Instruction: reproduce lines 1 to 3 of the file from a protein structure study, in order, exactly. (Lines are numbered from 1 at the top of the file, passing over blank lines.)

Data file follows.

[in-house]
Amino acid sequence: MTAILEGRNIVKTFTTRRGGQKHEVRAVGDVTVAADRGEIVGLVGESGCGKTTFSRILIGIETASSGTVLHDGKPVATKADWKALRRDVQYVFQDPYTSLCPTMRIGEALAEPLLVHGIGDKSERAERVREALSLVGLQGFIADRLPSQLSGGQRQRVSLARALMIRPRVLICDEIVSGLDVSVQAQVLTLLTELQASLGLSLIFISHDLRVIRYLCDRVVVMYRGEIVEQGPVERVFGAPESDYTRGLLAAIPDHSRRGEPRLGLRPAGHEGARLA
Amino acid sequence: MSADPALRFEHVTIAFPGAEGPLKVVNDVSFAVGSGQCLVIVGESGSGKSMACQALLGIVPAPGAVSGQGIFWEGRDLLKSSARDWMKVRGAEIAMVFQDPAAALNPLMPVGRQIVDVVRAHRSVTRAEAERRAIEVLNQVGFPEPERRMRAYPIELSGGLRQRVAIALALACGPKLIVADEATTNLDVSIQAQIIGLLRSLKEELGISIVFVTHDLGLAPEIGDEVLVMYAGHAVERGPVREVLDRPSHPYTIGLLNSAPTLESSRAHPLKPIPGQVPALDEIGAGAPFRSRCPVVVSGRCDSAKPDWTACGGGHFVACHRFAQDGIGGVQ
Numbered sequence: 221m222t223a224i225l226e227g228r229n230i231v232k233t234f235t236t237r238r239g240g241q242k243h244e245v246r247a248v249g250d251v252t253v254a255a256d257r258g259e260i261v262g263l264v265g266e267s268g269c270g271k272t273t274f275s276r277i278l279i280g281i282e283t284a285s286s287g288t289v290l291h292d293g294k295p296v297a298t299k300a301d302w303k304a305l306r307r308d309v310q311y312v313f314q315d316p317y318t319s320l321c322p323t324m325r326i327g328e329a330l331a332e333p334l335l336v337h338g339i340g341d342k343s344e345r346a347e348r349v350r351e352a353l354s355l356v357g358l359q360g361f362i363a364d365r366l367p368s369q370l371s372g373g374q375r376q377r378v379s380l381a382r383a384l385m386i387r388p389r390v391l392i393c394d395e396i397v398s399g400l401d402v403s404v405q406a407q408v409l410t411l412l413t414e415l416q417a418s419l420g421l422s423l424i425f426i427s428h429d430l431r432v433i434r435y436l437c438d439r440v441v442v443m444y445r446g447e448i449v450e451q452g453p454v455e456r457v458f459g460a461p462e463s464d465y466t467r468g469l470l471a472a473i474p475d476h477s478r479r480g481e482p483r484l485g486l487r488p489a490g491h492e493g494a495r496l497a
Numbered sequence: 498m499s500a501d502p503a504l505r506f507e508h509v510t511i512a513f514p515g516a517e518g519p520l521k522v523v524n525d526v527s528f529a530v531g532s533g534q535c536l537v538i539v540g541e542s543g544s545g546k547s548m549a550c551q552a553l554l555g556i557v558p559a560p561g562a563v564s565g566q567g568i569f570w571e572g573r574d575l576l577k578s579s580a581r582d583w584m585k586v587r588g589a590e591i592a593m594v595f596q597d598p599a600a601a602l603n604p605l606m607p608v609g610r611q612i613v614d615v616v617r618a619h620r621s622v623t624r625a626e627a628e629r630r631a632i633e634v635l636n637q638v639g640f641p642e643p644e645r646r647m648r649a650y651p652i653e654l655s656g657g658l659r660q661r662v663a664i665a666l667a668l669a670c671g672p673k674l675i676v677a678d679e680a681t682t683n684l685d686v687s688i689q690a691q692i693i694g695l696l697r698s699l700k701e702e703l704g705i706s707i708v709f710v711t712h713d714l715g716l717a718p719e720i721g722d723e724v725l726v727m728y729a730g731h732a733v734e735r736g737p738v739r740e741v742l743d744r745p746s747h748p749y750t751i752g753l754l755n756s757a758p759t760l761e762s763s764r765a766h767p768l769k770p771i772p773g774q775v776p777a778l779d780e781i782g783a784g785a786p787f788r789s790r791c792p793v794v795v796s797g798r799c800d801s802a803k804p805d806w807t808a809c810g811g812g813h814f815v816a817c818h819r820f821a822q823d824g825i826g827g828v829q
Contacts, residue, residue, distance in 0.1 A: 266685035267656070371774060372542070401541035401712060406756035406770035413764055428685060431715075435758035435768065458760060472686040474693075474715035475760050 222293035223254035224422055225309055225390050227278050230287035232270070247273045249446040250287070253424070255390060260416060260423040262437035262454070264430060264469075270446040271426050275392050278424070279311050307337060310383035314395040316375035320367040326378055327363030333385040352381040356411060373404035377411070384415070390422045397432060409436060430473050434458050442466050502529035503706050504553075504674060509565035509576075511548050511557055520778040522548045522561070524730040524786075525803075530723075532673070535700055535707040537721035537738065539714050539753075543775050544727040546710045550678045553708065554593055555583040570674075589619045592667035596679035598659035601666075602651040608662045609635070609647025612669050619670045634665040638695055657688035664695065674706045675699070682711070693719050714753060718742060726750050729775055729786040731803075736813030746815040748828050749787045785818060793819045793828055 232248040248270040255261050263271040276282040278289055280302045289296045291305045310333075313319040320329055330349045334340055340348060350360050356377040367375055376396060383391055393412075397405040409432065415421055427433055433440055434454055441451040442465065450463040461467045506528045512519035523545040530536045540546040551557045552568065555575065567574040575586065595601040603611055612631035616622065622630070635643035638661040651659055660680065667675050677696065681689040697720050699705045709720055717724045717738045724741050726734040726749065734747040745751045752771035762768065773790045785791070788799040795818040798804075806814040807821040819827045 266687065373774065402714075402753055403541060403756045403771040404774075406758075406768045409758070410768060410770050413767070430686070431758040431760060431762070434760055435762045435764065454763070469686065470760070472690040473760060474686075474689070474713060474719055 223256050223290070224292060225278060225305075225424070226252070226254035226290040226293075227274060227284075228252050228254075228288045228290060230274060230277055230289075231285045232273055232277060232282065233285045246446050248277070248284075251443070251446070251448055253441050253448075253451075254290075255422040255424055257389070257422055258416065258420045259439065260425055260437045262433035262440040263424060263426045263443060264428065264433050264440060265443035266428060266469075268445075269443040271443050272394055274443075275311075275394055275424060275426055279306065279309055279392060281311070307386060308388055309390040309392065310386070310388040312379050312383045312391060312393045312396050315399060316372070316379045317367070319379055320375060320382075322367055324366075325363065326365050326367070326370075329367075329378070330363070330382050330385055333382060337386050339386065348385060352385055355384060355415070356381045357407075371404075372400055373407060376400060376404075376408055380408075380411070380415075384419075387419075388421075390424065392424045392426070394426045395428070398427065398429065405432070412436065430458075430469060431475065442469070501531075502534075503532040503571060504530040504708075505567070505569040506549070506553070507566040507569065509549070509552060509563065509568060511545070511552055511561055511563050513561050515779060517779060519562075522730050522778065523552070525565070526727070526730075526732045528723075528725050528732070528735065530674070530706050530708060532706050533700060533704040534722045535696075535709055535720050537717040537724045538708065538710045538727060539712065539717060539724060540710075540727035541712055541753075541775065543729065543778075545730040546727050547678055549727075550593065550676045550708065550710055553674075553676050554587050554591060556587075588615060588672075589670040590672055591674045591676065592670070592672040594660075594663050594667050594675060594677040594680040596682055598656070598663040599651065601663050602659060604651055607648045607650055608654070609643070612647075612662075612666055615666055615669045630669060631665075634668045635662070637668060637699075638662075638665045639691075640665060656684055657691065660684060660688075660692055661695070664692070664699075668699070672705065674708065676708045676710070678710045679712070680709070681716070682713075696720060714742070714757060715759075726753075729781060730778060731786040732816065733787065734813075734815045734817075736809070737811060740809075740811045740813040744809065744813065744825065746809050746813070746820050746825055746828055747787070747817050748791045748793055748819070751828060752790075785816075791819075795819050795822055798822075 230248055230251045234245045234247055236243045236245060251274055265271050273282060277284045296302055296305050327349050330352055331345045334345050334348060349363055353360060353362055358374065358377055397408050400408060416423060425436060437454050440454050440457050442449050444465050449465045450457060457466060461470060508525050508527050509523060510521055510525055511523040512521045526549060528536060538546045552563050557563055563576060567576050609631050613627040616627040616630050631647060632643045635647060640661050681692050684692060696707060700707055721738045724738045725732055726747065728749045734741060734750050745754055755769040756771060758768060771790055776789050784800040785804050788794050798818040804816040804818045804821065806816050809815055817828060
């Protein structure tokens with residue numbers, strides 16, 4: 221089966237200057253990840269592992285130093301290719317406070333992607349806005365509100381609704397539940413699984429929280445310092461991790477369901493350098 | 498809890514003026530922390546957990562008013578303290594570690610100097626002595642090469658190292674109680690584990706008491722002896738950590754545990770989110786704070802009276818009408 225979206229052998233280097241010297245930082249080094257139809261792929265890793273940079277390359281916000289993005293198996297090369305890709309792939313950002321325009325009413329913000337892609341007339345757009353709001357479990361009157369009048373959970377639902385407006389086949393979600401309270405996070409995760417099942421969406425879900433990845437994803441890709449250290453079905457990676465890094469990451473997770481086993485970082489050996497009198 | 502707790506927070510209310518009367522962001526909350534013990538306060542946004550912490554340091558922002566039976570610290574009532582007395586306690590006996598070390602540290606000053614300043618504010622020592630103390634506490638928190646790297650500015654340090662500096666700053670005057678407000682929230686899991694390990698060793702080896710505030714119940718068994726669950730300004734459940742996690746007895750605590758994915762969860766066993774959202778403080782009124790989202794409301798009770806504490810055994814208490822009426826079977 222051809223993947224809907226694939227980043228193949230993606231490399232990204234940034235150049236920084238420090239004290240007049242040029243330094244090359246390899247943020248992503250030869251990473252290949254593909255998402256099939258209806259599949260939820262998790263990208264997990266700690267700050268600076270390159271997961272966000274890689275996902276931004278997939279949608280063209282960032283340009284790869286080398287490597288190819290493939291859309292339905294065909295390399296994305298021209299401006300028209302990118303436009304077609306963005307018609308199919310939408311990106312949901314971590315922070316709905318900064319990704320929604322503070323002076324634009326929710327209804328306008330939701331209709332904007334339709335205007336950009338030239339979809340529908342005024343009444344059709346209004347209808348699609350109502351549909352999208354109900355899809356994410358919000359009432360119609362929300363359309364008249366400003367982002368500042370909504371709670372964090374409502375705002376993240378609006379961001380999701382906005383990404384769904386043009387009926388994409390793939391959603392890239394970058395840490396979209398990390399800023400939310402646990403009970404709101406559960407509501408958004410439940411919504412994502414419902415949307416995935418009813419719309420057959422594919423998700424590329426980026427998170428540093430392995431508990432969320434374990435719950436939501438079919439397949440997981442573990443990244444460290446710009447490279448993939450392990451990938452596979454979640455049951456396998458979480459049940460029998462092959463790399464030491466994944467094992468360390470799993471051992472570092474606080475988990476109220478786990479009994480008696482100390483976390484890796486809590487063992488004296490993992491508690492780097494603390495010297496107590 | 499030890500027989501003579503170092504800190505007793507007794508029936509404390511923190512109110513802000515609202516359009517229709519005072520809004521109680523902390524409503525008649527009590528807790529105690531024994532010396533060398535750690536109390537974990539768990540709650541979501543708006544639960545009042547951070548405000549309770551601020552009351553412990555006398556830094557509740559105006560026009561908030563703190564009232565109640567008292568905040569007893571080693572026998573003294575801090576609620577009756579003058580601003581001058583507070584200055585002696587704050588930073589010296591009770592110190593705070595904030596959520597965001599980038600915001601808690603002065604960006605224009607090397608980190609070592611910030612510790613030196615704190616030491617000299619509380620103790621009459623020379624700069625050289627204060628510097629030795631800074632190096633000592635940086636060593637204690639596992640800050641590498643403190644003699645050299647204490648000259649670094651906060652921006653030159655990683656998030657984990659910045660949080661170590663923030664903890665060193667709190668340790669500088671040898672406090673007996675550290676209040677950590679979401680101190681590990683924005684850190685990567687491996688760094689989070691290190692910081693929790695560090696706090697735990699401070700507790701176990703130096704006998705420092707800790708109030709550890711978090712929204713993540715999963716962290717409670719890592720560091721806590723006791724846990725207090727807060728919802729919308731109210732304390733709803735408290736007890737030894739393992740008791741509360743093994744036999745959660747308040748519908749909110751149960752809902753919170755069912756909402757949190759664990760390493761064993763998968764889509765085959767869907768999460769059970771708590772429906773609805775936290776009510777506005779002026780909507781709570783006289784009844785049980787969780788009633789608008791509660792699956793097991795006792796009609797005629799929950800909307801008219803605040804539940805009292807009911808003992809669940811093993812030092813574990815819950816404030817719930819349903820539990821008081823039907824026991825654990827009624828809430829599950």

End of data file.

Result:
[in-house]
Amino acid sequence: MTAILEGRNIVKTFTTRRGGQKHEVRAVGDVTVAADRGEIVGLVGESGCGKTTFSRILIGIETASSGTVLHDGKPVATKADWKALRRDVQYVFQDPYTSLCPTMRIGEALAEPLLVHGIGDKSERAERVREALSLVGLQGFIADRLPSQLSGGQRQRVSLARALMIRPRVLICDEIVSGLDVSVQAQVLTLLTELQASLGLSLIFISHDLRVIRYLCDRVVVMYRGEIVEQGPVERVFGAPESDYTRGLLAAIPDHSRRGEPRLGLRPAGHEGARLA
Amino acid sequence: MSADPALRFEHVTIAFPGAEGPLKVVNDVSFAVGSGQCLVIVGESGSGKSMACQALLGIVPAPGAVSGQGIFWEGRDLLKSSARDWMKVRGAEIAMVFQDPAAALNPLMPVGRQIVDVVRAHRSVTRAEAERRAIEVLNQVGFPEPERRMRAYPIELSGGLRQRVAIALALACGPKLIVADEATTNLDVSIQAQIIGLLRSLKEELGISIVFVTHDLGLAPEIGDEVLVMYAGHAVERGPVREVLDRPSHPYTIGLLNSAPTLESSRAHPLKPIPGQVPALDEIGAGAPFRSRCPVVVSGRCDSAKPDWTACGGGHFVACHRFAQDGIGGVQ